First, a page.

THE spectre of cross-border crime has risen its ugly head again with a number of incidents along the North/Republic frontier.
A robbery of a business on the Swanlibar Road last month – where a substantial amount of cash was stolen – with the suspect heading in a vehicle towards the south was a reminder for residents and shop-owners in the County that an age-old nightmare had not gone away.
Cllr John McClaughryJohn McClaughry, who himself is a retired policeman and current sits on the Fermanagh & Omagh branch of the Policing and Community Safety Partnership (PCSP), is familiar with this type of crime and the problems faced by both the PSNI and the Garda in trying to stamp it out.
The manner in which these criminals operate mean that both sets of police forces only have a limited time-window to apprehend the suspects before they abandon the vehicles they have stolen in order to commit their crimes.
“Cross-border crimne has traditionally been happening for quite a few years,” says Cllr McClaughry. “You have opportune criminals who steal a car, go whatever direction they can go in and wherever they can commit crime, they do it.
“It’s very difficult to counteract unless the car’s reported stolen very early and it appears on one of the cross-border monitoring systems. But even then, they sometimes swap the number-plates over with the plate of another car replacing the one on the vehicle that they have taken.
“At times, this type of crime can be like a wave through a specific area and then the criminals just go back across the border again.
“There was one incident around Derrylin recently but historically, these incidents have been happening for quite some time. There’s two types of criminal who do this. There are those who pretend to be from businesses and cold-call on houses and then there are those who just steal a car, go to a house and rob it.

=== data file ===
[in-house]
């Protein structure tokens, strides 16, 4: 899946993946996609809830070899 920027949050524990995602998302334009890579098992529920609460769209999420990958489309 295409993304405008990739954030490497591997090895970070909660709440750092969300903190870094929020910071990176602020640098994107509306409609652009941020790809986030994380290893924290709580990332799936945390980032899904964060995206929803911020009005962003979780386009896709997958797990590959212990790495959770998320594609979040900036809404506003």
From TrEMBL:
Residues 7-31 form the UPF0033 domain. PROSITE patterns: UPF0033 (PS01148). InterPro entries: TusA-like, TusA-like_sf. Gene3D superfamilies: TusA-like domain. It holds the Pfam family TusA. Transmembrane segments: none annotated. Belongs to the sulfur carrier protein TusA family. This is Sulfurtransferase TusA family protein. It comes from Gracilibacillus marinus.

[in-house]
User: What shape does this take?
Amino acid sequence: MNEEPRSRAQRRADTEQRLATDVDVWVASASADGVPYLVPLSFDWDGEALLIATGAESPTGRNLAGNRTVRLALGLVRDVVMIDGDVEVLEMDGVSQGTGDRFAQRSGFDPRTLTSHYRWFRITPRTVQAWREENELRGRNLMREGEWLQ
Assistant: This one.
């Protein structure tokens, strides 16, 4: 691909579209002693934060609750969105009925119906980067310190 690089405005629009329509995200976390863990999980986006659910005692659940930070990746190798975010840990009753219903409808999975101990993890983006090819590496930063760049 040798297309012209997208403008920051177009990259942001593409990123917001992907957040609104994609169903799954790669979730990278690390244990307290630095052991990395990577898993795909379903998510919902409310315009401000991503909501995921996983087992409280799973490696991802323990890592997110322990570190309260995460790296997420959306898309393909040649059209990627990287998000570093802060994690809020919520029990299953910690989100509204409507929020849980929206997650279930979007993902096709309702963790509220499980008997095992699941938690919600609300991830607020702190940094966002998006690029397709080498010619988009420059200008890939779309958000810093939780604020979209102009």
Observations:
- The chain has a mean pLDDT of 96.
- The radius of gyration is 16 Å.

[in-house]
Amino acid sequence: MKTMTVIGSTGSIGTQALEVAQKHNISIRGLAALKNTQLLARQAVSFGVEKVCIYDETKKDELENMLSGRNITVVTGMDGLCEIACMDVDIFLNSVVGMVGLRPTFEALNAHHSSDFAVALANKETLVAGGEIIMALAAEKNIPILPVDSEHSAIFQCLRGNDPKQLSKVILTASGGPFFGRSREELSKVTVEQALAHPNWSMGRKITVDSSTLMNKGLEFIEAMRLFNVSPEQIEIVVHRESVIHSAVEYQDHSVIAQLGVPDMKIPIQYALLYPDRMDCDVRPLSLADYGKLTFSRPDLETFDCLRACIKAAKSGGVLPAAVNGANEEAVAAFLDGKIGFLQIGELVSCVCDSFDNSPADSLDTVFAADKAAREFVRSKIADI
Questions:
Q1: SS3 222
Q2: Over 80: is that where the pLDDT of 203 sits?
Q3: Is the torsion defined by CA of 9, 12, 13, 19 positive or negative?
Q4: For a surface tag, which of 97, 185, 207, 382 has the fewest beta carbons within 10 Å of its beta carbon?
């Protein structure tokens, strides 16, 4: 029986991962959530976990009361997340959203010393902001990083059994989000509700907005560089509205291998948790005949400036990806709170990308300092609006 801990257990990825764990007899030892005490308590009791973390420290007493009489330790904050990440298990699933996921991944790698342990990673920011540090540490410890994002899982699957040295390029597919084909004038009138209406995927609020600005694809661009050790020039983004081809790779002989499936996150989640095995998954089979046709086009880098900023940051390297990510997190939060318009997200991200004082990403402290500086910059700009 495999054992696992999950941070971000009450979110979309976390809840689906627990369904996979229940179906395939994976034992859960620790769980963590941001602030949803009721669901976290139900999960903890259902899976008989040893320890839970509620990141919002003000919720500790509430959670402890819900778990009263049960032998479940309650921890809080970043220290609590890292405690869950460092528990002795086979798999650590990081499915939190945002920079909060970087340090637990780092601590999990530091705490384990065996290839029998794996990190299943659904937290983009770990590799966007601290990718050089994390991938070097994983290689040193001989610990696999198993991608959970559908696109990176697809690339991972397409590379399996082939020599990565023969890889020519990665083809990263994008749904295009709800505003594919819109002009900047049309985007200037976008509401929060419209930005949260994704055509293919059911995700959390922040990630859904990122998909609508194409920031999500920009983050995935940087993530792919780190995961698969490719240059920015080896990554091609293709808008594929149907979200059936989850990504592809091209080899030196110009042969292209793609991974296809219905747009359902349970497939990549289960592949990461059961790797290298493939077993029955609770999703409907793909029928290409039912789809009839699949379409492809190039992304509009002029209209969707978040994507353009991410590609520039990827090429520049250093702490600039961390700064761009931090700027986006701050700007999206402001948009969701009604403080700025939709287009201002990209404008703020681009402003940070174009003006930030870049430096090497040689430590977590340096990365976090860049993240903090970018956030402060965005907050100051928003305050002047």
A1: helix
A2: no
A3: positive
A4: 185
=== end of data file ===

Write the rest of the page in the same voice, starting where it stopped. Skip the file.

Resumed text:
“Both the PSNI and the Garda both liaise with each other and they do have some sort of taskforce as well. But the problem with these type of criminals is that if they steal a car in the early hours of the morning, they’re across the border by nine or ten o’clock when most people are away to work.
“The criminals go and do the crime knowing that those they are robbing won’t be back from work until five or six o’clock later on that evening and discover that their houses have been broken into. By that stage, those who have robbed them are already back across the border.
The PSNI stated that while Fermanagh has a history of being targeted by cross-border criminals, burglary rates are low compared to other border counties and that they are in constant co-operation with their policing counterparts in the Republic with regard to tracking down the robbers.
Chief Inspector Robert McGowan said: “Fermanagh, like all border counties, is targeted periodically by cross border mobile organised crime gangs but there have not been any recent incidents. Burglaries in the district remain low when compared with other areas.
“The Joint Cross Border Joint Area Task Force continues to focus resources in order to combat cross border crime including thefts and burglaries. Pro-active, intelligent led operations are conducted on both sides of the border.
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